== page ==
Getting seven to eight hours a night straight with no breaks, Tyneeha Rivers is sleeping better than ever before, giving her the energy she needs to pour into her new role as chief people officer at cannabis operator Curaleaf. But that wasn’t always the case.
Five years ago, Rivers’ insomnia, which she’d struggled with for 10 years, got so bad she couldn’t sleep for even an hour straight. It also caused migraines, which meant missing work. She couldn’t stay focused and her motivation dropped. She tried a number of different medications, to no avail. She was eventually prescribed cannabis by a doctor two years ago which describes now as having “changed her life,” as well as being a key reason for moving into the cannabis industry.
“I now wake up with a clear mind and can finally focus. I haven’t missed any days from work and no longer have migraines,” said Rivers, who is based in New York.
Rivers’ experience is reflective of the mass insomnia that spiked during the throes of Covid-19. And it’s an issue that continues to wreak havoc. A study of 4,000 U.K. adults by insurance firm Direct Line found insomnia rates have doubled since before the pandemic, affecting 40% of the adult population. Meanwhile, a report by the American Academy of Sleep Medicine revealed that a third of Americans have reported new or worsening sleep problems since the pandemic. On top of that, a global study by the Journal of Clinical Sleep Medicine which had 2,724 participants, concluded that those suffering from insomnia currently are experiencing higher levels of stress, anxiety, and depression than those who’d experienced it pre-pandemic.
Beyond the obvious effects of sleep deprivation on energy levels, mood and attention spans, there are more serious ramifications, like a weakened immune system, higher risk of heart problems, diabetes, stroke and dementia. Business leaders are becoming increasingly concerned about the knock-on effects on employee well-being, and by extension, productivity.
Progressive companies are now doubling down on addressing sleep as a specific element of well-being. For example, travel company Inspire Group has made sleep the theme for September, giving staff two hours off each day to rest, while Gympass is offering a sleep tracker to employees.
It’s why U.K.-based sleep consultant Katharina Lederle has a sizeable corporate clientele, offering sleep support to companies like Virgin Atlantic and florist group Interflora, creating tailored programs for individual employees.
“Because everyone works differently, I always look at the person in front of me, to find out what’s going on and what are their individual pain points, rather than going on about sleep hygiene rules — because following rules like not checking your phone at night don’t automatically result in the reward of sleep,” said Lederle, who is founder of women’s specialist sleep consultancy Somnia and consultant sleep therapist with The Sleep School.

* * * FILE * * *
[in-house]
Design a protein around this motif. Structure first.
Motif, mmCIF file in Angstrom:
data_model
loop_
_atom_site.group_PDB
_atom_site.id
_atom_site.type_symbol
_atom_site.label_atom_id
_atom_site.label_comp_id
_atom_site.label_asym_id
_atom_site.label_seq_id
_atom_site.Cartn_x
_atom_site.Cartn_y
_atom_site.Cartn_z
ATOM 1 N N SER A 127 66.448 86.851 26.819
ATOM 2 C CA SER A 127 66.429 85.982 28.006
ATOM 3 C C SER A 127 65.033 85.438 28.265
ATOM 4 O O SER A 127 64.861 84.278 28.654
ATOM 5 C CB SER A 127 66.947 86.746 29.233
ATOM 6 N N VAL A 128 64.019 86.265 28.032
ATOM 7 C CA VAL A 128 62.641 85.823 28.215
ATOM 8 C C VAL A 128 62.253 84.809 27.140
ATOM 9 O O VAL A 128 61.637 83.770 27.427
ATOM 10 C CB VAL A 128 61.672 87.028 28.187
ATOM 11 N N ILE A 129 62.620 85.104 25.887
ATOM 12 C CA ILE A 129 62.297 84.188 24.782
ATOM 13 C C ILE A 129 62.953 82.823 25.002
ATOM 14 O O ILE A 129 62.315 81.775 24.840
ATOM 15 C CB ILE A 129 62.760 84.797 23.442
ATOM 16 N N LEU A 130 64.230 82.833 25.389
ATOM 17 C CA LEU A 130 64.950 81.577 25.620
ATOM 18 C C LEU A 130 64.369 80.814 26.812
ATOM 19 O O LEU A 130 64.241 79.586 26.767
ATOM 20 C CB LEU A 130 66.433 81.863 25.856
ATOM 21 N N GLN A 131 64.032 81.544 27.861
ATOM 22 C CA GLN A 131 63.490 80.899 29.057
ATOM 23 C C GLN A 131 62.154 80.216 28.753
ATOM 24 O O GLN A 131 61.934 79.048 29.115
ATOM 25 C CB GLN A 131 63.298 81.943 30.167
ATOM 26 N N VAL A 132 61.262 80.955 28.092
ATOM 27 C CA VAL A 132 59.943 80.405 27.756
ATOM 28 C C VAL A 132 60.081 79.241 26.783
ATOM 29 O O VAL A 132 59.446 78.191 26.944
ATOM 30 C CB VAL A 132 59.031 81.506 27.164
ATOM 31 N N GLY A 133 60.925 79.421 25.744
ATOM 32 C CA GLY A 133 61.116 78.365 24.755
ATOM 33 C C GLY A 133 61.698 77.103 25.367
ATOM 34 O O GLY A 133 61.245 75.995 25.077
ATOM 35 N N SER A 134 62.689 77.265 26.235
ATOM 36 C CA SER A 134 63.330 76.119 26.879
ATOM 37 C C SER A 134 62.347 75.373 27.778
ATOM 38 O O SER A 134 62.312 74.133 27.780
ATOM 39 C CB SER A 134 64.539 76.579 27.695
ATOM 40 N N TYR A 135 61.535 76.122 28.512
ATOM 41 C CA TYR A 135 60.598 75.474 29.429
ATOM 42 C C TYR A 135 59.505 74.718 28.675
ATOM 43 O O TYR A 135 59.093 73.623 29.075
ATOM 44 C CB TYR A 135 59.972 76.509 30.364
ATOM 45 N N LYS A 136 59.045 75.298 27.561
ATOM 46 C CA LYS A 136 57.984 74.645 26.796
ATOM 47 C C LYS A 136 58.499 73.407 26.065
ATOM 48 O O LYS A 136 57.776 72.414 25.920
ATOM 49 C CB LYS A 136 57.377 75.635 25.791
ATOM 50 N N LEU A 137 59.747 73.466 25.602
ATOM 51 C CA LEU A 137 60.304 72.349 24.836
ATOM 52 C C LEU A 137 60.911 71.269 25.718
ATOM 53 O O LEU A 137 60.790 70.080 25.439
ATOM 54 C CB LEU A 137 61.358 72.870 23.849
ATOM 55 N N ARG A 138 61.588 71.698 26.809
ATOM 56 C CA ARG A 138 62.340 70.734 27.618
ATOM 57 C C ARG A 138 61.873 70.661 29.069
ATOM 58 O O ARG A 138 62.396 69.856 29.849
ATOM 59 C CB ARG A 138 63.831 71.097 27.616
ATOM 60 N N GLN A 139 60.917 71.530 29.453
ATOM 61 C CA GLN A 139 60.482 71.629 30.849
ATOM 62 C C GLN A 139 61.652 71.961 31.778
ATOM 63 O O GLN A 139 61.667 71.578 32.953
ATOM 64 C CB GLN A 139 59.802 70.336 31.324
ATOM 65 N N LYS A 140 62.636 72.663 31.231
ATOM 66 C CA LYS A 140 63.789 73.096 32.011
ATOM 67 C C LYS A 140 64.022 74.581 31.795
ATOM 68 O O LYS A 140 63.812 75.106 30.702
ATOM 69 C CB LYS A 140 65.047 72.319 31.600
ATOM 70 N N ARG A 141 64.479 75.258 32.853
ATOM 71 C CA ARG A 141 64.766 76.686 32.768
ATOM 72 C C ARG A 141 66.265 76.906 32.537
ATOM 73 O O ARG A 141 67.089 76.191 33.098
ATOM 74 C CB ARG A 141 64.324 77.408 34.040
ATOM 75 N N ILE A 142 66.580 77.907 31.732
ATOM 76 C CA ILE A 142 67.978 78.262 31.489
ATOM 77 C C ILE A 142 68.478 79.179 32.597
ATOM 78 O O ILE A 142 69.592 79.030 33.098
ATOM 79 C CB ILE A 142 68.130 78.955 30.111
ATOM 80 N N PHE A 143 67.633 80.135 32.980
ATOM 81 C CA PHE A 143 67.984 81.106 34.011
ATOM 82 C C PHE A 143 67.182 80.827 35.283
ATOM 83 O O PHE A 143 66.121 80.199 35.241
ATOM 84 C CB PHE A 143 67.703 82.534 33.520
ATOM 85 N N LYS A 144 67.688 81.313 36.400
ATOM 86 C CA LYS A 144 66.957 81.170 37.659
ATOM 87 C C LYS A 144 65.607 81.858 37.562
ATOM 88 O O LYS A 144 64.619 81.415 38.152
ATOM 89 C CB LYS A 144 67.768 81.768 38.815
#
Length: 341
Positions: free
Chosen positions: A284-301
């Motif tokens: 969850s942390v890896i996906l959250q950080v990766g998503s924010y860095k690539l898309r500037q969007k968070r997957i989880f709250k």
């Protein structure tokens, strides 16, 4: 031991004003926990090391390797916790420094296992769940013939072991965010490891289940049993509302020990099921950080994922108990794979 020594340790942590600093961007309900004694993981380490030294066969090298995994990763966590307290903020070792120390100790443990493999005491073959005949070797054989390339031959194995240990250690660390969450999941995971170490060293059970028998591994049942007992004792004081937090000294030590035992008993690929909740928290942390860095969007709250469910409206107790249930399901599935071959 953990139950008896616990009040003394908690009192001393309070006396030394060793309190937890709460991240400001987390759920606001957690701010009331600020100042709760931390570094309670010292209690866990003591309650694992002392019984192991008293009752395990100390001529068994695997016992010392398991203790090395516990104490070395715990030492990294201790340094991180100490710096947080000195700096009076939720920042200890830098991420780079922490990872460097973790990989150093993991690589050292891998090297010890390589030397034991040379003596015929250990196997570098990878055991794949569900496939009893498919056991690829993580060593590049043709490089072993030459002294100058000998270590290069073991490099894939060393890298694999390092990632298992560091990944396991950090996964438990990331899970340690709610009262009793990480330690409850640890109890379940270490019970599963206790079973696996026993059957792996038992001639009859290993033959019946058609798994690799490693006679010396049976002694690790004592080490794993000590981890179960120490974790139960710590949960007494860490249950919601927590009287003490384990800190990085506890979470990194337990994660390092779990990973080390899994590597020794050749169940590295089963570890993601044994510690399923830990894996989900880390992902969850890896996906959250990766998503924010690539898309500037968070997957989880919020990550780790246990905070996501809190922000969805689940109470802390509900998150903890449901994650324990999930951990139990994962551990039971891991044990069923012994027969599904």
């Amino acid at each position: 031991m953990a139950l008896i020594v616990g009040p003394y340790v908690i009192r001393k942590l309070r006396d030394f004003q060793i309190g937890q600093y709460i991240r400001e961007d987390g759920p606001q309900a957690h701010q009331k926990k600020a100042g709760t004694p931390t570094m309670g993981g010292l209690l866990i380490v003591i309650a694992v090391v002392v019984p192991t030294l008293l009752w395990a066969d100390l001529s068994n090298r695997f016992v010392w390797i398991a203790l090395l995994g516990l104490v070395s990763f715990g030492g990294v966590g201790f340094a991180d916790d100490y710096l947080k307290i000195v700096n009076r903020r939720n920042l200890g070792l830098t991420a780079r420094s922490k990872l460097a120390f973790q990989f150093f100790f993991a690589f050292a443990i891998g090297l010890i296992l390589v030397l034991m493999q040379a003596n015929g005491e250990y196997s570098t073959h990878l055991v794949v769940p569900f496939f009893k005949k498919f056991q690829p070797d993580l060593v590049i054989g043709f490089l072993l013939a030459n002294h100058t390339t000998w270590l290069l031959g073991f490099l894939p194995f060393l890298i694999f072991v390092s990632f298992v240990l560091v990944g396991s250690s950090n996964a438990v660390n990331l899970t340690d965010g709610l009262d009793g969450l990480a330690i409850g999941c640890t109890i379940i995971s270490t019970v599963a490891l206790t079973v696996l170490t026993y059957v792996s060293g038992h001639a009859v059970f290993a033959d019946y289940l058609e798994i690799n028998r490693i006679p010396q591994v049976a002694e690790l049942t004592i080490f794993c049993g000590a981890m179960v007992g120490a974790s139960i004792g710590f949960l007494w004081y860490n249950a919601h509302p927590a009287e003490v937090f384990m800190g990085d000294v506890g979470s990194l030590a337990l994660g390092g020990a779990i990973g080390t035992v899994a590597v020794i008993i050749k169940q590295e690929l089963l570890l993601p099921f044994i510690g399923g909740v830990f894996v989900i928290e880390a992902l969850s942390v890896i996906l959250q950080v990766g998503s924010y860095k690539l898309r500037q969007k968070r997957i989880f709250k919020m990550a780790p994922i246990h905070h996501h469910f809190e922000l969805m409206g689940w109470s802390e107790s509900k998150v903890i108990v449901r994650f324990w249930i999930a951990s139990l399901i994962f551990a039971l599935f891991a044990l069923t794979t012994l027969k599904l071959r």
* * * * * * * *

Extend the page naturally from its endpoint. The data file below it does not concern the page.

And rather than bringing in sleep support as a perceived fix to employee sleep issues, Lederle also urges companies to look beyond individuals and at whether there are any wider cultural issues at play — as sleep issues are not always a solely personal problem to resolve. “If you’re working 12 hours a day, that leaves just 12 hours to do everything else, so it’s impossible to give yourself the opportunity for a good night’s sleep,” said Lederle. “Too often, it’s all down to an individual [to fix their own sleep problems,] but society is in charge here as well. We need to address the source of someone’s worries [that disrupt sleep.]”
Fellow U.K. sleep consultant Charli Davies offers tailored programs which also involve a deep-dive into someone’s lifestyle and routine to understand where changes should be made to positively influence sleep. Her family sleep workshops look at how domestic inequalities can cause sleep issues in women in particular. In these, Davies promotes a philosophy of “divide and conquer” when it comes to tackling children’s night-time wake-ups, to minimize the sleep deprivation for both parents. For example, she advises each parent to rotate being “on duty” while the other spends the night in a separate bedroom, with the express purpose of sleeping.
“Women, especially moms, have a lot of guilt around looking after ourselves. It’s ingrained in societal expectations that we’re supposed to be able to do it all — be with our children all the time, but also work,” said Davies, who runs Esssex-based parental support organization Do it Like a Mother. She also takes on personal clients struggling with sleep through her sleep and wellness platform, Snuzzze.
More generally, Davies recommends drinking more water and getting more sunlight as ways to aid sleep, as well as keeping a bedside journal to note down thoughts and feelings that can seem all-consuming in the middle of the night. But steer clear of overly meticulous sleep-tracking apps, which can fuel the overthinking that disrupts sleep in the first place, she warned.
“You might wake up and think you slept quite well, but your tracker says you got 10 minutes deep sleep and hardly slept. Even if you feel refreshed, it can make you believe you didn’t sleep well, affecting how you feel the rest of the day,” said Davies.
It’s also time to ditch the eight-hour rule and the pressure to sleep well that people put on themselves, added Lederle, as everyone’s sleep needs are different. She emphasizes the importance of reframing expectations around sleep, finding mechanisms to let go of thoughts that arise at night, and allowing yourself to move on more readily from a poor night’s sleep, rather than dwelling on it.
“Just allowing sleep to be a bit more fluid or flexible is okay. The key is you give yourself the opportunity to get sufficient sleep. Then if your body doesn’t take it, let’s look with curiosity — not necessarily anxiety — at what’s going on. Is this something you can influence?” said Lederle.